Professor Charles Musgrave, who teaches at the Department of Chemical and Biological Engineering at the University of Colorado at Boulder, is a faithful EFM reader. He sent me this analysis:
Like former speaker Gingrich’s exaggerated claims of his relationship with Reagan, Gingrich has claimed on several occasions that while Speaker of the House he balanced the federal budget four consecutive years. Setting aside his ludicrous assertion that he deserves credit for the balanced budget, a quick examination of the federal budget during the years Gingrich was speaker (January 1995 through 1998) shows that the budget was only balanced once, in 1998. Furthermore, the deficit began steadily declining in 1992, three full years before Gingrich was speaker. In fact, this trend continued to 2000, when the surplus peaked, two years after Gingrich was ousted as speaker. In fact, an examination of tax revenues and federal spending between 1992 and 2000 show that there was no Gingrich effect at all. Again, as with other claims made by the speaker, this one is at best an extreme exaggeration.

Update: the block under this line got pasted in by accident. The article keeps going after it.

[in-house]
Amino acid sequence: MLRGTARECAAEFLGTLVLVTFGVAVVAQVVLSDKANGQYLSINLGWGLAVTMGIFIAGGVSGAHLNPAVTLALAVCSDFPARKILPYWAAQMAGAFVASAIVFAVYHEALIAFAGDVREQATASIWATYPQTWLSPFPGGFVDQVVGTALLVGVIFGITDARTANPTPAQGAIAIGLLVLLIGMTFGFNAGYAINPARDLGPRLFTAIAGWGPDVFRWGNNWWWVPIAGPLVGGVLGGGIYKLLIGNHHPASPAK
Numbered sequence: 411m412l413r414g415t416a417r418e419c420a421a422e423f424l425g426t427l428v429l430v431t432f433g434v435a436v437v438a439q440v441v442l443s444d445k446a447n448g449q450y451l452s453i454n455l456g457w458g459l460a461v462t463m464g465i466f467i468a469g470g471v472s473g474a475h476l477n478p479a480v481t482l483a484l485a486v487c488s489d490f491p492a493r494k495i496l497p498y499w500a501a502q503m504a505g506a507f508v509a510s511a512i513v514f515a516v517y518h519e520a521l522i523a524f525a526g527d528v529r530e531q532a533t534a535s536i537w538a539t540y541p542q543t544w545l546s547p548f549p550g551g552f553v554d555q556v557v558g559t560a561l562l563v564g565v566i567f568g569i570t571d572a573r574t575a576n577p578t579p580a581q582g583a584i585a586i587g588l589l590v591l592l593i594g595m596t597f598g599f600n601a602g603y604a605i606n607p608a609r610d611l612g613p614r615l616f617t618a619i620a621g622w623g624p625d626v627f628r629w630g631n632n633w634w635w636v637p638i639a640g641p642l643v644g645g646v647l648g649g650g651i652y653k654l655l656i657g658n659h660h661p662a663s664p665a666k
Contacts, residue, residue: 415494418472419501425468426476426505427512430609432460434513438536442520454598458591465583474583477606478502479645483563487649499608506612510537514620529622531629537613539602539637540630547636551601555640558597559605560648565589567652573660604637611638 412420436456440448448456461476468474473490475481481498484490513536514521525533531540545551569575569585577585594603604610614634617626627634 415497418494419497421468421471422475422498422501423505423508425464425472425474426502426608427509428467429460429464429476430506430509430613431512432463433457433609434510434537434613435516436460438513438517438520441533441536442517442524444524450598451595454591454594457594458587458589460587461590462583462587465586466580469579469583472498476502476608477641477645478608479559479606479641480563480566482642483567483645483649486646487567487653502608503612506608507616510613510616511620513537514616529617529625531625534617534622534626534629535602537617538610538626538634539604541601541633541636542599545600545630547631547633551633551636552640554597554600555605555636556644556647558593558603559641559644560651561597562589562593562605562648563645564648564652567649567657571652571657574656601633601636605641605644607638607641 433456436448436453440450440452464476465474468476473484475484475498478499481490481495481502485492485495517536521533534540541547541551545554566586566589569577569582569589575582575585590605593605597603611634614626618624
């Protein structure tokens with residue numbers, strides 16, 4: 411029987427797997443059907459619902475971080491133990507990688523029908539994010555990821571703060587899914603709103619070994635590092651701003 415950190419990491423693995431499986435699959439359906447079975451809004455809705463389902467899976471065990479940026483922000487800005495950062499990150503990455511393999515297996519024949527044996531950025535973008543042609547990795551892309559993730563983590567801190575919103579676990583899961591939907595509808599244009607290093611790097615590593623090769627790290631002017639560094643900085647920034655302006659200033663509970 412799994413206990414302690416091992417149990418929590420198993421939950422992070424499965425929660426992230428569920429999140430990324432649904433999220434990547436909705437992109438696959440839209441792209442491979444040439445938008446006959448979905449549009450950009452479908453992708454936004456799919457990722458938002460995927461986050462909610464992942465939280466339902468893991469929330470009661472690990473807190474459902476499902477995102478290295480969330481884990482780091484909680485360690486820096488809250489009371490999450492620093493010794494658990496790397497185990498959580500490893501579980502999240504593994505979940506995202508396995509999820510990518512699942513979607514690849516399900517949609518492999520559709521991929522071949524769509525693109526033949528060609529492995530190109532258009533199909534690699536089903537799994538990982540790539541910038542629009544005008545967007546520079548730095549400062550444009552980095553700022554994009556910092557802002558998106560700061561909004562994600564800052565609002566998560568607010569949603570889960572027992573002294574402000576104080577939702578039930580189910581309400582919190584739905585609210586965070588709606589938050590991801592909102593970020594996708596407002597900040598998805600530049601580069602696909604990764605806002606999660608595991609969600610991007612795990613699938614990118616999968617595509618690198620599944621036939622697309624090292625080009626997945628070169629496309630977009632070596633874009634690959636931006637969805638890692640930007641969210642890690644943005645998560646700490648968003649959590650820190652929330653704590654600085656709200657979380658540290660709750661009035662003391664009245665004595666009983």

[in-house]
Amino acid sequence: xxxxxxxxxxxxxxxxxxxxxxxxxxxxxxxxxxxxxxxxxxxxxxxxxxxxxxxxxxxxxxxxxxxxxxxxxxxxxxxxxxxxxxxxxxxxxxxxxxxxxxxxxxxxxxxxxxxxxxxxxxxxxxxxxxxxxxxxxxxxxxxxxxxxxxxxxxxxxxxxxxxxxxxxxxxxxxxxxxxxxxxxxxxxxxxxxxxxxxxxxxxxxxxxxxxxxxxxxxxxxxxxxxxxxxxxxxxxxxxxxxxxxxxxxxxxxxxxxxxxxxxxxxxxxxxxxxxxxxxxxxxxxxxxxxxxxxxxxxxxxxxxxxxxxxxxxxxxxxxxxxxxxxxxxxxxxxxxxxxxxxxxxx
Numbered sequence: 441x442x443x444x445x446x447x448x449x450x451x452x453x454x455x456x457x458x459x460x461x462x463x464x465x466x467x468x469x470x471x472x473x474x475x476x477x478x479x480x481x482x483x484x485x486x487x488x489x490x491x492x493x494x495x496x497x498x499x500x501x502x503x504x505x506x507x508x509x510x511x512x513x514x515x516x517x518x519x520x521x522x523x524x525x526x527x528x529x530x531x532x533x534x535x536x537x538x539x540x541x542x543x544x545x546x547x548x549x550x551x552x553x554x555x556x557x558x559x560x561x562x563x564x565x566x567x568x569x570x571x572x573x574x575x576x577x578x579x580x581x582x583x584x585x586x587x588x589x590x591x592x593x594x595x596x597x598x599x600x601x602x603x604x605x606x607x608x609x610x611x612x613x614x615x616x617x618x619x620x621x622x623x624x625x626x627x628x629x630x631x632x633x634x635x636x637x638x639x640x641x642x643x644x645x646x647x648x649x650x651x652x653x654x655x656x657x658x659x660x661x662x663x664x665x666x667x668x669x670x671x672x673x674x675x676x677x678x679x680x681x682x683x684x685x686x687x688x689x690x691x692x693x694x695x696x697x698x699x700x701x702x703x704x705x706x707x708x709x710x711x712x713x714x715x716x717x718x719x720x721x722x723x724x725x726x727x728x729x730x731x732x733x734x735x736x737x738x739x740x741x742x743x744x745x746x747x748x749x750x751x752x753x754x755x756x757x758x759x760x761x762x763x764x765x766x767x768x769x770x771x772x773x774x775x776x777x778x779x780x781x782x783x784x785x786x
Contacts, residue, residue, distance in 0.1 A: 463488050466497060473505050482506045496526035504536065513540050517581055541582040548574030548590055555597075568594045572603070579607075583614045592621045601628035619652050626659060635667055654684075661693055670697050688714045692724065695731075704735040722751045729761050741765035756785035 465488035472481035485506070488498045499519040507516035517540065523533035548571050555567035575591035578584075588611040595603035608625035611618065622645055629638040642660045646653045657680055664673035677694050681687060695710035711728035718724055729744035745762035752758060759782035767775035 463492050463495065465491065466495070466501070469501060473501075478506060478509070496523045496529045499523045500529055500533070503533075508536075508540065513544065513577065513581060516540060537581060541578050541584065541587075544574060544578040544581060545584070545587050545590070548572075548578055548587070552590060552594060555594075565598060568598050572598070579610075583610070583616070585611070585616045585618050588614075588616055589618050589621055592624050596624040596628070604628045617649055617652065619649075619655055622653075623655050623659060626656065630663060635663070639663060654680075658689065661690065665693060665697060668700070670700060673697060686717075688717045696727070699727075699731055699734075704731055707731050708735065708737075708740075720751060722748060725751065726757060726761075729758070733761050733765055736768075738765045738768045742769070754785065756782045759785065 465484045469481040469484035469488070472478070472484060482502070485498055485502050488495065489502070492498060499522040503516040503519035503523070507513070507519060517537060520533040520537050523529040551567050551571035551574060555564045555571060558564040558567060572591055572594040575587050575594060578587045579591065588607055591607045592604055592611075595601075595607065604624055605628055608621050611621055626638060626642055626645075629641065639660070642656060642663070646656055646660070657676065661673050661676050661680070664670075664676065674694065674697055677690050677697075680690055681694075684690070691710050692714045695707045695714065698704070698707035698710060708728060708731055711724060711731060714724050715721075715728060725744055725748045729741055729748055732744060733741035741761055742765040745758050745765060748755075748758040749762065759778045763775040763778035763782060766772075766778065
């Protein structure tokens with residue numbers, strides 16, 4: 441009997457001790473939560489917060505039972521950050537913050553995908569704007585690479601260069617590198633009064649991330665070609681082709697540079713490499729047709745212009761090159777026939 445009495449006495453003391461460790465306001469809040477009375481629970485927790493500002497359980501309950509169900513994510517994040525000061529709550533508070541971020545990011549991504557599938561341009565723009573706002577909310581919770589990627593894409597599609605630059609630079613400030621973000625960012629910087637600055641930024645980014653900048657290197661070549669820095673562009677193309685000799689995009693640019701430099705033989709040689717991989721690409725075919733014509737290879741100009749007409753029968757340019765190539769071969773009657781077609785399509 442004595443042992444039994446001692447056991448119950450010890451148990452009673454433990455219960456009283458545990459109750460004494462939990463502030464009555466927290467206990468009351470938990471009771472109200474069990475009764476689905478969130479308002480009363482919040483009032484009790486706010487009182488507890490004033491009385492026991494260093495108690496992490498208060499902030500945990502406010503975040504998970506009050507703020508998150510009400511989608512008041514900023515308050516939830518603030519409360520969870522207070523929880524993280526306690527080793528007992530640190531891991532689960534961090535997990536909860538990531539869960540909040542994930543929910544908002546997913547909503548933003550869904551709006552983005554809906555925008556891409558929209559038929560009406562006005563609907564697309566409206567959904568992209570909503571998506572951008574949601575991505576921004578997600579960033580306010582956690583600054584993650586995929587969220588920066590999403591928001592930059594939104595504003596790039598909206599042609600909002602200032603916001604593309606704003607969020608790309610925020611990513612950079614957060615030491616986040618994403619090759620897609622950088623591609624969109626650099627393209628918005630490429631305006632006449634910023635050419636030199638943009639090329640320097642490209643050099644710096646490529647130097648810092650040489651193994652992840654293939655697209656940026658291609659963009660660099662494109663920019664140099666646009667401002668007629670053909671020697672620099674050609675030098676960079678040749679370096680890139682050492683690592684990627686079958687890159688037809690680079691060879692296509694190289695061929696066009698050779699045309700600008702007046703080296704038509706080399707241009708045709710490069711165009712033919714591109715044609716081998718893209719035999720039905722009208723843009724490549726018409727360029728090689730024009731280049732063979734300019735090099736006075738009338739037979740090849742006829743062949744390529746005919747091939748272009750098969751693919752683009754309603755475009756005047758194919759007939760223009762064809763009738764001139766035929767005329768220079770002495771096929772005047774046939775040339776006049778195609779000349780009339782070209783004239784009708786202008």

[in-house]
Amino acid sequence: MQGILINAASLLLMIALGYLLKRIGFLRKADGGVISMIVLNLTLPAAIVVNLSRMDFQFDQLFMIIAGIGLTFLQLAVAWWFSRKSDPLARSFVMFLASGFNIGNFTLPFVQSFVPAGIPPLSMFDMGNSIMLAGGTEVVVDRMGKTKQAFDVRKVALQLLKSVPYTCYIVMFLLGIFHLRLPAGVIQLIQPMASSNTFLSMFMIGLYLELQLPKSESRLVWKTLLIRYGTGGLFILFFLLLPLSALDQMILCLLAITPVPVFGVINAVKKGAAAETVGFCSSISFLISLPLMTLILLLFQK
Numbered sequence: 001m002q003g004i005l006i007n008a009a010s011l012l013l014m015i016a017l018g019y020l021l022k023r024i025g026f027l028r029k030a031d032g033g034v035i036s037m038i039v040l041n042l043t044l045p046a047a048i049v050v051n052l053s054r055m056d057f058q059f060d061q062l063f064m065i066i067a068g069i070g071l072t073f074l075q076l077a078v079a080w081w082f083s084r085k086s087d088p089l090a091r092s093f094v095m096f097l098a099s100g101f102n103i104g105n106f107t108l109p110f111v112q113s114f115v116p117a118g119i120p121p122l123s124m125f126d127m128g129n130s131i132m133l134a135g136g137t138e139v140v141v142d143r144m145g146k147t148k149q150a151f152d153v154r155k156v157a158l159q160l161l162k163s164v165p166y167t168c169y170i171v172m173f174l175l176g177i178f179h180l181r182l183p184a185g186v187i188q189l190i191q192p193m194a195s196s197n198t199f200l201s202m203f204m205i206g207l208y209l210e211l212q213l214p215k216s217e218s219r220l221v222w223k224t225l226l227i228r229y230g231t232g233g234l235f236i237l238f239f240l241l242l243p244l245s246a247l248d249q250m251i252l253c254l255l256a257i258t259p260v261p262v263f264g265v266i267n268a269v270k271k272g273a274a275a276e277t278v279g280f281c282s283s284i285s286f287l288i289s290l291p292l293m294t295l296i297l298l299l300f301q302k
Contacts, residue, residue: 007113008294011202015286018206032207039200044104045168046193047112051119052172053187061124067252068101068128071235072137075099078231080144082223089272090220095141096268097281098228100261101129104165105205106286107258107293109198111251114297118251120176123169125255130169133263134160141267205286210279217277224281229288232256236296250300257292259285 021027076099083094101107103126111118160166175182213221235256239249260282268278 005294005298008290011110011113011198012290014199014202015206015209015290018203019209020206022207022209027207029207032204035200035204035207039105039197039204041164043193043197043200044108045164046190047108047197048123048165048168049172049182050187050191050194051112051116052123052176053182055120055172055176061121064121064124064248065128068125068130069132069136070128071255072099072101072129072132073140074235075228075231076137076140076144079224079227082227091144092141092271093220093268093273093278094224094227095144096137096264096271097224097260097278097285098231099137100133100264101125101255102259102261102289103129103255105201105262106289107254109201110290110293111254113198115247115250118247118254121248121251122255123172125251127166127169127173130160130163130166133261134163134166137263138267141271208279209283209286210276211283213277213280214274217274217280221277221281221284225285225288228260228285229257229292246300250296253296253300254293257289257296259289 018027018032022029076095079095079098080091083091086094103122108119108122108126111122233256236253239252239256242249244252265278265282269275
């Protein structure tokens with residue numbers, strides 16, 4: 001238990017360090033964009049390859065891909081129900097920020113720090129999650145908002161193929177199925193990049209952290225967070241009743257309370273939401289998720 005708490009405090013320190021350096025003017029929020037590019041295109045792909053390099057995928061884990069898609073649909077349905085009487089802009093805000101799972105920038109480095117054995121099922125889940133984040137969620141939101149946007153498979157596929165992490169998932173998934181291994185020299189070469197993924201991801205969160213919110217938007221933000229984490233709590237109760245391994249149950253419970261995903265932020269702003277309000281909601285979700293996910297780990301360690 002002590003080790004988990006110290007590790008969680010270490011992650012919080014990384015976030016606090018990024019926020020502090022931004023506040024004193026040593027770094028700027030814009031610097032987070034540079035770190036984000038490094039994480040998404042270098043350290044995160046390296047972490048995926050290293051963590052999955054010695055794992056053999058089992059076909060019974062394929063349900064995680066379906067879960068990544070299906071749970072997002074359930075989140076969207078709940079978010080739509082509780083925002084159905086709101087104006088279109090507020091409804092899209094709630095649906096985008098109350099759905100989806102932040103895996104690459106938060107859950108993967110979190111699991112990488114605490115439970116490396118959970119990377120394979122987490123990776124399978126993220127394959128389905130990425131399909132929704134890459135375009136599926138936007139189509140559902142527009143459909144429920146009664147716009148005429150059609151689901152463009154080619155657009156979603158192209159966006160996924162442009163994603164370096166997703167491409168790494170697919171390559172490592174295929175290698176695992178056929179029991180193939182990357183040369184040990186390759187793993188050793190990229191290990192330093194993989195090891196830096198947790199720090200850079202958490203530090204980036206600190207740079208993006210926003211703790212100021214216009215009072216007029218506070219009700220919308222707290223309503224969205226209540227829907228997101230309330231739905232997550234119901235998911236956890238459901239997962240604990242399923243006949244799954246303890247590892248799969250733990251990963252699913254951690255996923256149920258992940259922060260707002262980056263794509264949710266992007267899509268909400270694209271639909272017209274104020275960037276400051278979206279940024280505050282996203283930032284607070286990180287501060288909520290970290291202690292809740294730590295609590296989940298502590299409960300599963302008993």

Charles e-mailed a clarification:
I noticed one complication with my previous blurb on Gingrich’s balanced budget claims. The federal fiscal year begins in October so Gingrich could claim budget surpluses in 1998 and 1999 (which would have started Oct. 1998; he was speaker until Jan 3, 1999). Also, fiscal year 1997 had a deficit, but it wasn’t that large so Gingrich might try to claim that the budget was balanced that year. It wasn’t, but he could try to claim it. So, he can legitimately claim balanced budgets for two years, but definitely not four and the graphs show no change in trend while he was speaker.